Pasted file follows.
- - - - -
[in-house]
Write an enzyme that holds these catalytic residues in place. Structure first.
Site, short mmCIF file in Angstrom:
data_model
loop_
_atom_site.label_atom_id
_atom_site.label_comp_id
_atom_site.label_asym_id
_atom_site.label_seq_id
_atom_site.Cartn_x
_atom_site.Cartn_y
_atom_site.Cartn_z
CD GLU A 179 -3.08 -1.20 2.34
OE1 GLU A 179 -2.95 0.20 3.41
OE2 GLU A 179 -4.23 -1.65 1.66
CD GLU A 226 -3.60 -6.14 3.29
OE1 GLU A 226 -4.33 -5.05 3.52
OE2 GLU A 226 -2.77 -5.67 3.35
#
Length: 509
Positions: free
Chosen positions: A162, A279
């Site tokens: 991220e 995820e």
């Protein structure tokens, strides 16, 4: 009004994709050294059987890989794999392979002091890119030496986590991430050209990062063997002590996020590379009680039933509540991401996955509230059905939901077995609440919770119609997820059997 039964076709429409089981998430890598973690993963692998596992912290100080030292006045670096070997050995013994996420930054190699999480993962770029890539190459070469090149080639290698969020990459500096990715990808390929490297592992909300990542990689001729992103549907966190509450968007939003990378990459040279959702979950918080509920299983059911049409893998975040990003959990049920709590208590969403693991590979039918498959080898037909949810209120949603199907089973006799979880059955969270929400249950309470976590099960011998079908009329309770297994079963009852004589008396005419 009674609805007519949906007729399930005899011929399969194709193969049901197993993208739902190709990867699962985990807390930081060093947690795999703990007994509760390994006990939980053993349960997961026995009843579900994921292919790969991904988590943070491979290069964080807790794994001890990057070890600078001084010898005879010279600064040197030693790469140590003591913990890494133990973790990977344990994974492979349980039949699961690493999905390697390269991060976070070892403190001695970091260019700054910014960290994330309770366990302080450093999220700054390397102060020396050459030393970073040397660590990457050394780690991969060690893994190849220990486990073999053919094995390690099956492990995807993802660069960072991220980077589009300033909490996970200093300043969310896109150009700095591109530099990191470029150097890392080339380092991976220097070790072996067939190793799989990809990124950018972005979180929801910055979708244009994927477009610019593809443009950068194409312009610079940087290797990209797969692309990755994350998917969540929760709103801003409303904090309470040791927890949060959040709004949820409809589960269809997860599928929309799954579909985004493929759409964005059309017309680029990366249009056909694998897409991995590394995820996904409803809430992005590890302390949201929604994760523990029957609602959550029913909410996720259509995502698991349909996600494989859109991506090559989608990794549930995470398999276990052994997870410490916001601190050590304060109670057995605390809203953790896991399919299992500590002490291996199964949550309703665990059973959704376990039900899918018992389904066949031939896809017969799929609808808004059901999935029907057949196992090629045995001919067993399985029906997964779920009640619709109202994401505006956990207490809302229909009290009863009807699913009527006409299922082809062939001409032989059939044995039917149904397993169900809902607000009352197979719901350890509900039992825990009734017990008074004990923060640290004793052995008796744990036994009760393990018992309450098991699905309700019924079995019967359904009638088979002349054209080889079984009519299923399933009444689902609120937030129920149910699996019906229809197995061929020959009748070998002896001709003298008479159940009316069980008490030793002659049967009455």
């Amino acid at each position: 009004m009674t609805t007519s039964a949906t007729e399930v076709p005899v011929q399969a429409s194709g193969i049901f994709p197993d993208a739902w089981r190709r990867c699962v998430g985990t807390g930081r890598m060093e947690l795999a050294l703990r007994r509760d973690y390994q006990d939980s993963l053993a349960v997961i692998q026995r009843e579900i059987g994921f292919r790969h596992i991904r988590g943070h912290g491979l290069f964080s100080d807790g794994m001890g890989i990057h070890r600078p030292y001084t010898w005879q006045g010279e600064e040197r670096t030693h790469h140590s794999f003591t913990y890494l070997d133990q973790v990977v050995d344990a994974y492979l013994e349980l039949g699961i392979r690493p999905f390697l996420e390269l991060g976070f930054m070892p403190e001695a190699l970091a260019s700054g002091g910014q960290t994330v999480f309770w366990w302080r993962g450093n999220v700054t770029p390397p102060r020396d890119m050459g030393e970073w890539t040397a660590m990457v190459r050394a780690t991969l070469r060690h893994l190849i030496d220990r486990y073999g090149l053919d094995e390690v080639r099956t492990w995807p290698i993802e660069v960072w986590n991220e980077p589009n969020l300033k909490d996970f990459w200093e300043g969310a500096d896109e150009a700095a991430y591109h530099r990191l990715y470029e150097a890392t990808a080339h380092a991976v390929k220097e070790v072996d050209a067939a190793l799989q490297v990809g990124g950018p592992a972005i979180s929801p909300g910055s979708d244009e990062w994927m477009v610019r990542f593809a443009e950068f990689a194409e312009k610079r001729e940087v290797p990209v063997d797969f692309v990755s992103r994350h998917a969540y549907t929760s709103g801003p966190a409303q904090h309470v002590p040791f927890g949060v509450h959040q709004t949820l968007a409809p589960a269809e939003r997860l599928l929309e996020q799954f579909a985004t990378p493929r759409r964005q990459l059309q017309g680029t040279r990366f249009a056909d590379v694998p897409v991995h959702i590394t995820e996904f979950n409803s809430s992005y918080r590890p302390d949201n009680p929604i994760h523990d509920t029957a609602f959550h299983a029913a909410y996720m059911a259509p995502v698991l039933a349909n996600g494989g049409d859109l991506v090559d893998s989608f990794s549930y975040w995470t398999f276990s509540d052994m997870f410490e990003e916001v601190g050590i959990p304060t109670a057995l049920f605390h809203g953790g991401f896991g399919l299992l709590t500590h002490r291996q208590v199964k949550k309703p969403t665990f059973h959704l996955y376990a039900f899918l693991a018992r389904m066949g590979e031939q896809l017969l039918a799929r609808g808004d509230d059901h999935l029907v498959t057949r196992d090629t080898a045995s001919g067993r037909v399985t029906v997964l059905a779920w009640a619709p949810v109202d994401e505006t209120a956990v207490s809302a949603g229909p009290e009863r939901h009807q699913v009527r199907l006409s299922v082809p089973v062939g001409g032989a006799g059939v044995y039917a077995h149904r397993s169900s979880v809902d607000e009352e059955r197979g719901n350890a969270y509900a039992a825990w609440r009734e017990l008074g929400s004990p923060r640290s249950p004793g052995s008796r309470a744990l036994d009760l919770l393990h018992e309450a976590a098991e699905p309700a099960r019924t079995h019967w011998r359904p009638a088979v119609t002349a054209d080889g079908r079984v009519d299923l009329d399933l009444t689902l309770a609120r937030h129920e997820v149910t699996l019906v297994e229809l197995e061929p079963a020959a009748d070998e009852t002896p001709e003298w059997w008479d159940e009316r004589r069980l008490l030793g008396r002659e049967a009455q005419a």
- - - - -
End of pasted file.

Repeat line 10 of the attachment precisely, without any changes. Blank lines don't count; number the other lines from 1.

_atom_site.Cartn_x